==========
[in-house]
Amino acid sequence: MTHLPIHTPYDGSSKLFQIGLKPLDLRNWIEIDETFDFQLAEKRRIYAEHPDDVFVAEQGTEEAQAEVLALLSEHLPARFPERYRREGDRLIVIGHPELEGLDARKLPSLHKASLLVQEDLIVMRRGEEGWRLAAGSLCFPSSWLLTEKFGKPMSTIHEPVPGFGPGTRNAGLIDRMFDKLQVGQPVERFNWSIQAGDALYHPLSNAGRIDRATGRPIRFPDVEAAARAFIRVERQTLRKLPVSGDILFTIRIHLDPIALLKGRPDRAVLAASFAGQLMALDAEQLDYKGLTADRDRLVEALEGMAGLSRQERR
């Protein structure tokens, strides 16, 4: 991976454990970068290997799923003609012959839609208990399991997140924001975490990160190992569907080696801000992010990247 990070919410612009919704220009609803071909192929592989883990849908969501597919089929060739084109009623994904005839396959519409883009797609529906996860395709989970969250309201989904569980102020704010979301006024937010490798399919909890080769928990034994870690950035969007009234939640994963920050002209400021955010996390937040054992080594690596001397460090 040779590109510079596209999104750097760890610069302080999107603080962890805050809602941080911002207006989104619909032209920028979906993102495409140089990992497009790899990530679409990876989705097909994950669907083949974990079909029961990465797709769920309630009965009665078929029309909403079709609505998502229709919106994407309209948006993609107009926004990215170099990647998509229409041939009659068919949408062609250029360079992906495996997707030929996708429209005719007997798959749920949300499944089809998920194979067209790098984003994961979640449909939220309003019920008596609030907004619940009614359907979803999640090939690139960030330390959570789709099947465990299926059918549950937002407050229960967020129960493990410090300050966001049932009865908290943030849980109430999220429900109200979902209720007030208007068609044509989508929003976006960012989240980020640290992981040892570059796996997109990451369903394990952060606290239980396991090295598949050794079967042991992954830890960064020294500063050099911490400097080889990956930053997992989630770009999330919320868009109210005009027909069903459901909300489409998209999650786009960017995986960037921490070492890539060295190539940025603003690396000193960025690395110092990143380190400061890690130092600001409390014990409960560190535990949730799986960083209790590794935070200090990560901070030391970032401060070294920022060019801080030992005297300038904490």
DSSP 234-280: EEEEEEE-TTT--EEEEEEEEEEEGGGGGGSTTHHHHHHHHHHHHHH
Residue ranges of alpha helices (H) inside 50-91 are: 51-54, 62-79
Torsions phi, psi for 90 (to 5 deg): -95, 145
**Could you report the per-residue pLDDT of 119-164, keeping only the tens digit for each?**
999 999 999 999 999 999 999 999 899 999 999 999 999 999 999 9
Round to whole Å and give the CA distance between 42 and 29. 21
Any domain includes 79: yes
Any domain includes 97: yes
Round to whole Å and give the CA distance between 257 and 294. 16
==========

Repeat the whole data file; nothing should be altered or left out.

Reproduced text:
[in-house]
Amino acid sequence: MTHLPIHTPYDGSSKLFQIGLKPLDLRNWIEIDETFDFQLAEKRRIYAEHPDDVFVAEQGTEEAQAEVLALLSEHLPARFPERYRREGDRLIVIGHPELEGLDARKLPSLHKASLLVQEDLIVMRRGEEGWRLAAGSLCFPSSWLLTEKFGKPMSTIHEPVPGFGPGTRNAGLIDRMFDKLQVGQPVERFNWSIQAGDALYHPLSNAGRIDRATGRPIRFPDVEAAARAFIRVERQTLRKLPVSGDILFTIRIHLDPIALLKGRPDRAVLAASFAGQLMALDAEQLDYKGLTADRDRLVEALEGMAGLSRQERR
């Protein structure tokens, strides 16, 4: 991976454990970068290997799923003609012959839609208990399991997140924001975490990160190992569907080696801000992010990247 990070919410612009919704220009609803071909192929592989883990849908969501597919089929060739084109009623994904005839396959519409883009797609529906996860395709989970969250309201989904569980102020704010979301006024937010490798399919909890080769928990034994870690950035969007009234939640994963920050002209400021955010996390937040054992080594690596001397460090 040779590109510079596209999104750097760890610069302080999107603080962890805050809602941080911002207006989104619909032209920028979906993102495409140089990992497009790899990530679409990876989705097909994950669907083949974990079909029961990465797709769920309630009965009665078929029309909403079709609505998502229709919106994407309209948006993609107009926004990215170099990647998509229409041939009659068919949408062609250029360079992906495996997707030929996708429209005719007997798959749920949300499944089809998920194979067209790098984003994961979640449909939220309003019920008596609030907004619940009614359907979803999640090939690139960030330390959570789709099947465990299926059918549950937002407050229960967020129960493990410090300050966001049932009865908290943030849980109430999220429900109200979902209720007030208007068609044509989508929003976006960012989240980020640290992981040892570059796996997109990451369903394990952060606290239980396991090295598949050794079967042991992954830890960064020294500063050099911490400097080889990956930053997992989630770009999330919320868009109210005009027909069903459901909300489409998209999650786009960017995986960037921490070492890539060295190539940025603003690396000193960025690395110092990143380190400061890690130092600001409390014990409960560190535990949730799986960083209790590794935070200090990560901070030391970032401060070294920022060019801080030992005297300038904490």
DSSP 234-280: EEEEEEE-TTT--EEEEEEEEEEEGGGGGGSTTHHHHHHHHHHHHHH
Residue ranges of alpha helices (H) inside 50-91 are: 51-54, 62-79
Torsions phi, psi for 90 (to 5 deg): -95, 145
**Could you report the per-residue pLDDT of 119-164, keeping only the tens digit for each?**
999 999 999 999 999 999 999 999 899 999 999 999 999 999 999 9
Round to whole Å and give the CA distance between 42 and 29. 21
Any domain includes 79: yes
Any domain includes 97: yes
Round to whole Å and give the CA distance between 257 and 294. 16